On receiving an arc of this on Netgalley, I was quite excited. The synopsis sounded very unique and heartwarming and I had to read it right away. Boo is the debut novel by Canadian writer Neil Smith who is best known for his short story collection Bang Crunch, published in 2007. Bang Crunch was named the best book of the year by The Washington Post and received rave reviews from The Guardian.
Boo follows the protagonist Oliver “Boo” Dalrymple who finds himself in a heaven reserved specifically for dead American thirteen-year-olds. Having died in a high school shooting, Boo wakes up to discover that heaven is split into ages and nationalities, where spirits must remain for fifty years. Although they do not age during this time, after fifty years of being suspended in a thirteen-year-old’s body, the spirits re-die and disappear to somewhere no one knows. Whilst discovering his new surroundings and making new friends, Boo learns the true nature of his death and the terrifying realisation that his killer may also be in heaven. With his friend Johnny Henzel, who also died in the same tragedy, Boo embarks on a journey to uncover the identity of the mysterious Gunboy.
Boo is a very endearing and lovable character. He reminded me of a younger version of Don Tillman in Graeme Simsion’s The Rosie Project, as Boo is obsessed with science and the chapter titles are named after the chemical elements. He is incredibly bright, very mature for his age and I learnt a lot from him. His friends Thelma and Esther are also great characters, portrayed as strong feisty women who live independently and stand up for what they believe is right. Seeing thirteen-year-old girls depicted like this is really refreshing and I commend Smith for doing that.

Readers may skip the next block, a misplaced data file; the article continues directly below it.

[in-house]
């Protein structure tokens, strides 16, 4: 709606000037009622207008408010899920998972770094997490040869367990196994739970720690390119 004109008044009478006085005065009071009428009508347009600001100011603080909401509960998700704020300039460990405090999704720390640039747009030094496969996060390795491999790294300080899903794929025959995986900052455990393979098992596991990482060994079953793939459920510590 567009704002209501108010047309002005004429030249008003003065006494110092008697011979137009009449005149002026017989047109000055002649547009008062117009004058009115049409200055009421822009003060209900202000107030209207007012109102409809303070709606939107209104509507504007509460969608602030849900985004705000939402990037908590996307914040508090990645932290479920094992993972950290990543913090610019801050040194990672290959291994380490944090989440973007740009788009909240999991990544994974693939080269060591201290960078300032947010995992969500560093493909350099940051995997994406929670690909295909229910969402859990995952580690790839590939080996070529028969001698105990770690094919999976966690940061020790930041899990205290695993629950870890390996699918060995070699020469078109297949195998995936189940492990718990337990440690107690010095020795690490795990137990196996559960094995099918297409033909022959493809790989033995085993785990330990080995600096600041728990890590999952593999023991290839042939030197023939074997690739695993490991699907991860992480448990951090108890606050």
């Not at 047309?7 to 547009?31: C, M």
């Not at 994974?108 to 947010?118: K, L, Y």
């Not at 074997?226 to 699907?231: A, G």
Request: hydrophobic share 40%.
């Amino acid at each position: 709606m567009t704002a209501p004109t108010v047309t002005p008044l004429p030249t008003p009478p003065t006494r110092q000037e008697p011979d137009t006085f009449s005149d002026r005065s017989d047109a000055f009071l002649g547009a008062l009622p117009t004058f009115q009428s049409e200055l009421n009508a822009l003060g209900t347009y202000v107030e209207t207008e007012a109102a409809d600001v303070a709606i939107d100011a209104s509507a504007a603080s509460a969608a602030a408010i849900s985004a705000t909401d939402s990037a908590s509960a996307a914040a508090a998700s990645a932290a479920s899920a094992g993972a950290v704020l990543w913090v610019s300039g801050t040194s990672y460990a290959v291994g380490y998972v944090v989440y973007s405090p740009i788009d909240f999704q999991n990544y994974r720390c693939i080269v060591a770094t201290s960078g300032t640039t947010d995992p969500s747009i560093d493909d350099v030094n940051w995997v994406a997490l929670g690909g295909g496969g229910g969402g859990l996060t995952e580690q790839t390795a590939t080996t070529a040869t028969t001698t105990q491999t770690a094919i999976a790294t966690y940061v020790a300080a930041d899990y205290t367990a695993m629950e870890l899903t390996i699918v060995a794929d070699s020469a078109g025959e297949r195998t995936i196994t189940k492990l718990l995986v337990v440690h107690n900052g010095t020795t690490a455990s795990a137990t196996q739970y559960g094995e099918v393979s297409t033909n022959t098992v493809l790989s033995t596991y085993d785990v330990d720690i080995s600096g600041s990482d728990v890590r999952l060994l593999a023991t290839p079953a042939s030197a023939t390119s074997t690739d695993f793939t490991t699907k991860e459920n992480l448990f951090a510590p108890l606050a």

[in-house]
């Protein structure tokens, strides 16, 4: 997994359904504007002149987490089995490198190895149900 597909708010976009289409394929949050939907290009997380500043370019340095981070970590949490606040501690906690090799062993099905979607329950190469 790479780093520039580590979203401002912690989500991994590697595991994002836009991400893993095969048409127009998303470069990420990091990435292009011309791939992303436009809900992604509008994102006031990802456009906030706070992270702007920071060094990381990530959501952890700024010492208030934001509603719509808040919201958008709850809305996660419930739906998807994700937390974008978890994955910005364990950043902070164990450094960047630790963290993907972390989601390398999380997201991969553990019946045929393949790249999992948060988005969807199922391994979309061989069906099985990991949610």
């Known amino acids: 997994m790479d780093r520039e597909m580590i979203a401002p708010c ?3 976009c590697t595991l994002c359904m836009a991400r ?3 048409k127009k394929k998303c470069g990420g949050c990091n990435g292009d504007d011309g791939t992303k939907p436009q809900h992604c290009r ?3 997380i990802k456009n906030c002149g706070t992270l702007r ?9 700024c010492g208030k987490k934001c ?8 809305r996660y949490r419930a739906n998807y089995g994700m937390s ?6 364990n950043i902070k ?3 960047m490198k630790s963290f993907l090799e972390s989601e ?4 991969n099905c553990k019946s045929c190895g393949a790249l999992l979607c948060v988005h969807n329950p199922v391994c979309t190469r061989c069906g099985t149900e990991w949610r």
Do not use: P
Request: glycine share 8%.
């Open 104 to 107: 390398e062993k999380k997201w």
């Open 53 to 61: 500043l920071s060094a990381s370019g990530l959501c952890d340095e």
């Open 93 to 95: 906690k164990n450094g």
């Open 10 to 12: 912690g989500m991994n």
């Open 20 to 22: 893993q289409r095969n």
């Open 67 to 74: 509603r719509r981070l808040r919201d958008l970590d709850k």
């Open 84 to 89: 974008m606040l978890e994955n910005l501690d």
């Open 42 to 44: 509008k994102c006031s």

The concept of heaven is highly original too. The idea that there is a different heaven depending on your nationality and age at the time of death is really interesting and I did find myself thinking of all of the other heavens that must coexist with it. I haven’t read a YA that has really kickstarted my imagination in the way that Boo did.
I also loved the almost letter-structure of it. The entire story is Boo narrating his afterlife to his parents and it gives it this heartbreaking dynamic that makes the reader want to reach into the pages and give him a warm hug. There are moments when he drops in memories of his parents and he often mentions how much he misses them. It’s devastating but heartwarming at the same time, as it really shows his deep love for his family, which again is quite unusual for a kid in their early teens. However, Boo is far from usual!
I would highly recommend Boo to anyone who is looking for a story about teens told in an adult fashion. It fits into the YA genre but there aren’t any frustrating love triangles or unrealistically attractive characters. The characters are very genuine and relatable and the plot is perfect for anyone who wants a story that is simultaneously tragic and uplifting.